Here are the highlights of what I got out of the article.

  • Sarin has been only a minor factor in Syria’s civil war, accounting for 1 percent or less of casualties.  The reason Syria is stockpiling poison gas is to deter attack from other nations, especially Israel.  The government of Israel not only possesses nuclear weapons, but is believed to have a “robust” program of chemical and biological warfare manufacturing and training.
  • President Assad would never agree to dismantling of poison gas weapons without a Russian guarantee of protection against attack.  Any dismantling would have be under the supervision of Russian experts.  This would benefit the Syrian government because it would be a deterrent to attack by the United States.
  • Overthrow of the Assad government would lead to the balkanization of Syria into its various ethnic and religious groups and likely result in massacres of Syrian Christians and Alawite Muslims.  Such conflicts could spread to Lebanon and other neighboring countries.
  • The stability of Syria is a vital national interest to Russia, and not just for reasons of prestige.  One in six citizens of the Russian Federation is Muslim, and the Russian government has been fighting for years against rebels in the majority-Muslim province of Chechnya.  Overthrow of Assad could create a base for supplying the Chechen fighters.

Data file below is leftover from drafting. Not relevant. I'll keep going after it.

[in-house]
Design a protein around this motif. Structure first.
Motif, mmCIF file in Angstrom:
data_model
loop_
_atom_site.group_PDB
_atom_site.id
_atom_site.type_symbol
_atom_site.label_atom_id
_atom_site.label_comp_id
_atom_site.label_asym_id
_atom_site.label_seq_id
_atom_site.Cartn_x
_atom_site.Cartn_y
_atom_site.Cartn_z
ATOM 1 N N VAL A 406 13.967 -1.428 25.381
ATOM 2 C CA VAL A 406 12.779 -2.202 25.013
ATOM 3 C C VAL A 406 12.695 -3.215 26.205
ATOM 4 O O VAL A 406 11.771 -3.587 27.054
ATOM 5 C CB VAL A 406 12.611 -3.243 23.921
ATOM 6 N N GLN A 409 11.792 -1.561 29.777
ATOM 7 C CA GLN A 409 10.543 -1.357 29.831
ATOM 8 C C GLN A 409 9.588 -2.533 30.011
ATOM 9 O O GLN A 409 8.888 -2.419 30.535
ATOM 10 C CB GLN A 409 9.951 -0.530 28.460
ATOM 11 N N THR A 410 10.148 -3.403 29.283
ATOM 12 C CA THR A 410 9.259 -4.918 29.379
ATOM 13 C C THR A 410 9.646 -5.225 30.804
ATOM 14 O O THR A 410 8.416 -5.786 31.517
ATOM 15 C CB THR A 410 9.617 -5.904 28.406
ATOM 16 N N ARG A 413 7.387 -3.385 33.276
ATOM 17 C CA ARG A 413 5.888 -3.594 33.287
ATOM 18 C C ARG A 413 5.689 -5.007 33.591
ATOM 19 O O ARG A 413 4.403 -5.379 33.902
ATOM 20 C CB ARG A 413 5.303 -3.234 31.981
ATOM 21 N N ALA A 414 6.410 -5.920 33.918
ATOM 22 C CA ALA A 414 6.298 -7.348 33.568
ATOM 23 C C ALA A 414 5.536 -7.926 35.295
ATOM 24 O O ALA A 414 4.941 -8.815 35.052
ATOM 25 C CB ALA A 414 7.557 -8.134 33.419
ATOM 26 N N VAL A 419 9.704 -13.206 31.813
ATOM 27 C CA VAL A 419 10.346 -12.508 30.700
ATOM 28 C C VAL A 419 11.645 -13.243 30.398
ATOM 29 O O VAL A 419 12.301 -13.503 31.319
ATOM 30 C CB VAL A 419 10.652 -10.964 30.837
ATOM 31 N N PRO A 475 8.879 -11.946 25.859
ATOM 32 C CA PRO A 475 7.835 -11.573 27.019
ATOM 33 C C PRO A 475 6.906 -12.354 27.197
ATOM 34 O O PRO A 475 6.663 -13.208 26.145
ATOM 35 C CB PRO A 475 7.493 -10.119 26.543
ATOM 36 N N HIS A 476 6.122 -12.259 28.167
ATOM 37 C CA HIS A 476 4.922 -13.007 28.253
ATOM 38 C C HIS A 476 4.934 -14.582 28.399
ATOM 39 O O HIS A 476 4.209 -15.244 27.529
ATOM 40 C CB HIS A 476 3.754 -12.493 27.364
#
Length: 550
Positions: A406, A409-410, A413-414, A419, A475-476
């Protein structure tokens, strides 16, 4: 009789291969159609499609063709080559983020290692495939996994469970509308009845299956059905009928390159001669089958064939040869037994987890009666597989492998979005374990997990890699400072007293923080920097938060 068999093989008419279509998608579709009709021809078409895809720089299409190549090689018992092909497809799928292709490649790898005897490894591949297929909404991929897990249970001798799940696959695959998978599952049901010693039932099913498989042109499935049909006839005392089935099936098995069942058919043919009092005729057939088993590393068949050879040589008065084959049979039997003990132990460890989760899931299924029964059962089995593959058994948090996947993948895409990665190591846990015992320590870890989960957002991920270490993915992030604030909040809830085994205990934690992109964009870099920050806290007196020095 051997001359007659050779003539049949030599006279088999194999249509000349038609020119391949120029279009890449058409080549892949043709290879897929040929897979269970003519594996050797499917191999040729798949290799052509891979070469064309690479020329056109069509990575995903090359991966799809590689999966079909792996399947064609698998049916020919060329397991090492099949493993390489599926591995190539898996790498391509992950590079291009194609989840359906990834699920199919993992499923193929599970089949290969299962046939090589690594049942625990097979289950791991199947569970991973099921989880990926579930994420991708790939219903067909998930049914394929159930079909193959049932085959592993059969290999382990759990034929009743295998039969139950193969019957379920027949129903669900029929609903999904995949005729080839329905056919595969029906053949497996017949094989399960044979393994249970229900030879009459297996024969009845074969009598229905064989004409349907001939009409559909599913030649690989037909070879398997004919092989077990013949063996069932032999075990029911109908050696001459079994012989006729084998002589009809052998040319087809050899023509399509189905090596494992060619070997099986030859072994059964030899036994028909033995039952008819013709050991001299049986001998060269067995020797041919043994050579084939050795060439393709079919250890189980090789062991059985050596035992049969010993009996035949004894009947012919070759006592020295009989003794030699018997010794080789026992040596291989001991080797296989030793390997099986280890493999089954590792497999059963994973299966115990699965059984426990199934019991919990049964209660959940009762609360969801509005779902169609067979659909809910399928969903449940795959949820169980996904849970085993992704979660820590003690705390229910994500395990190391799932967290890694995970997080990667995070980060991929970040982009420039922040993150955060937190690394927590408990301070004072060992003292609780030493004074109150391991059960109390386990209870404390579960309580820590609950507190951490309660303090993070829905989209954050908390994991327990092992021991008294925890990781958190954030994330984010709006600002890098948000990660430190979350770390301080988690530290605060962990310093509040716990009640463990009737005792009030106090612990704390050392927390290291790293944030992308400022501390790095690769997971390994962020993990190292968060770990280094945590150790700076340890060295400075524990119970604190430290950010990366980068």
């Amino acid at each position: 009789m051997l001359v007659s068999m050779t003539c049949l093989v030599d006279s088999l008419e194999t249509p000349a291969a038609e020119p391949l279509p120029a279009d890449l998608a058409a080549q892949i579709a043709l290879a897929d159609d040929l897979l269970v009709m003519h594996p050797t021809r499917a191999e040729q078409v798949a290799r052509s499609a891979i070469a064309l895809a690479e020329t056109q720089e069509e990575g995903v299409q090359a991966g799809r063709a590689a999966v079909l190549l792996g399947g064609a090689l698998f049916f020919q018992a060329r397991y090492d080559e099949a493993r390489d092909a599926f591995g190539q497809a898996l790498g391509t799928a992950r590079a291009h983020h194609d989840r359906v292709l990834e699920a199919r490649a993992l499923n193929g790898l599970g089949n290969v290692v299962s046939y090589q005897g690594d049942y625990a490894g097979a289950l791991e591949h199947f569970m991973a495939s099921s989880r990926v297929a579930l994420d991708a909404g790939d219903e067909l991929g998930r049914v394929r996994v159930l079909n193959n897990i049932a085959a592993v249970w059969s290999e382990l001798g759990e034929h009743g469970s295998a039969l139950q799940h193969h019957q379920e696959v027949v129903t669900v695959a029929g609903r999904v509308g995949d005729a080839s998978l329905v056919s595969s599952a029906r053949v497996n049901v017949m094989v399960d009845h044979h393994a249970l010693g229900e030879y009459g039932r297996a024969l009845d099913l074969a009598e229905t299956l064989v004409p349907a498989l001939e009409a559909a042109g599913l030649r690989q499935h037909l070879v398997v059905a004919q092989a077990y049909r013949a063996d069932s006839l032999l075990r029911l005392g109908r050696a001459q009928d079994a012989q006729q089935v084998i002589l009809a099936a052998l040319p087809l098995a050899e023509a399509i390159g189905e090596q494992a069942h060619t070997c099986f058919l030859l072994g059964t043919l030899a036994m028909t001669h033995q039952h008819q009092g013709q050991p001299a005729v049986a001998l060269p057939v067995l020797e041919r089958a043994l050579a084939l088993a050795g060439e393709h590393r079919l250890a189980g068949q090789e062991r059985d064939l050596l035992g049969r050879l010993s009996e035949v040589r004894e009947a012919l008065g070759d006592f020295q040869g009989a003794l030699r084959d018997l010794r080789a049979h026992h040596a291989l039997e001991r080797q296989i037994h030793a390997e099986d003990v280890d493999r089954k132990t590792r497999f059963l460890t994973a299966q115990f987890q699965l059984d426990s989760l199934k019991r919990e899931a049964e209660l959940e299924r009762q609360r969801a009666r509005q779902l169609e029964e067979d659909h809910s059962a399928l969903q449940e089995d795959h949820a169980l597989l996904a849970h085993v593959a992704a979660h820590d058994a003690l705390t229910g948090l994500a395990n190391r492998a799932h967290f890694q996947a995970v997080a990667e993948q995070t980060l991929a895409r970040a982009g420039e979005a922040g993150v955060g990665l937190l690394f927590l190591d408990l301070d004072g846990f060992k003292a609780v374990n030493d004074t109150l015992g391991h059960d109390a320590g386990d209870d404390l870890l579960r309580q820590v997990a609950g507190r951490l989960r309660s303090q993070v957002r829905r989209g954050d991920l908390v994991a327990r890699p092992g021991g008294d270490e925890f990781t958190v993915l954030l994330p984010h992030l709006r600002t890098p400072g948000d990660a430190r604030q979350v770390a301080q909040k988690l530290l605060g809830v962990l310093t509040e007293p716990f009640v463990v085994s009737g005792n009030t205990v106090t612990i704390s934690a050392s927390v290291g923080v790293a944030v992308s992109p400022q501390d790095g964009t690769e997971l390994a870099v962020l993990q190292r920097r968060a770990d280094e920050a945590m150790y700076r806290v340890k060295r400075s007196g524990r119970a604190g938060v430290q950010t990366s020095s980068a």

I highly recommend reading the whole thing.

Syria, unlike Saddam’s Iraq, has strong allies

September 4, 2013

crisis3

Attacking Syria will not be like intervening in Bosnia or Kosovo, invading Iraq or overthrowing the government of Libya.  In all these cases, the United States attacked countries that were small, weak and isolated.

This is not the case with Syria, whose government is supported by Iran and Russia.  It is more like North Vietnam, which had allies that supplied it with modern weapons.  Attacking Syria also would be like bombing North Vietnam in the sense that it would risk a direct confrontation with Russia.

It would be embarrassing from President Obama to step back after drawing a “red line” against President Assad using poison gas, and then saying he knows for sure that Assad did use poison gas.  But it will be even more embarrassing if Obama has to back down after ordering missile strikes into Syria, and downright humiliating if he has to order U.S. troops withdrawn after failing to achieve his goal.

What President Obama would have to do in order to make me favor a declaration of war against Syria is to show me an objective that is worth the sacrifice and risk, and to convince me that he has a realistic strategy for achieving that objective.

“Punishing Syria” is not an objective.  “Getting rid of Assad” is not a worthwhile objective unless you have some reason to think that what comes after Assad will be better.  And please don’t say that nothing could be worse than Assad.  That’s what many of us thought about Saddam, and how wrong we were!

President Putin’s statements about Syria have been restrained.  He evidently doesn’t want to back President Obama into a corner.  But I don’t think he will stand idly by while Obama orders an attack on a Russian ally.

(more…)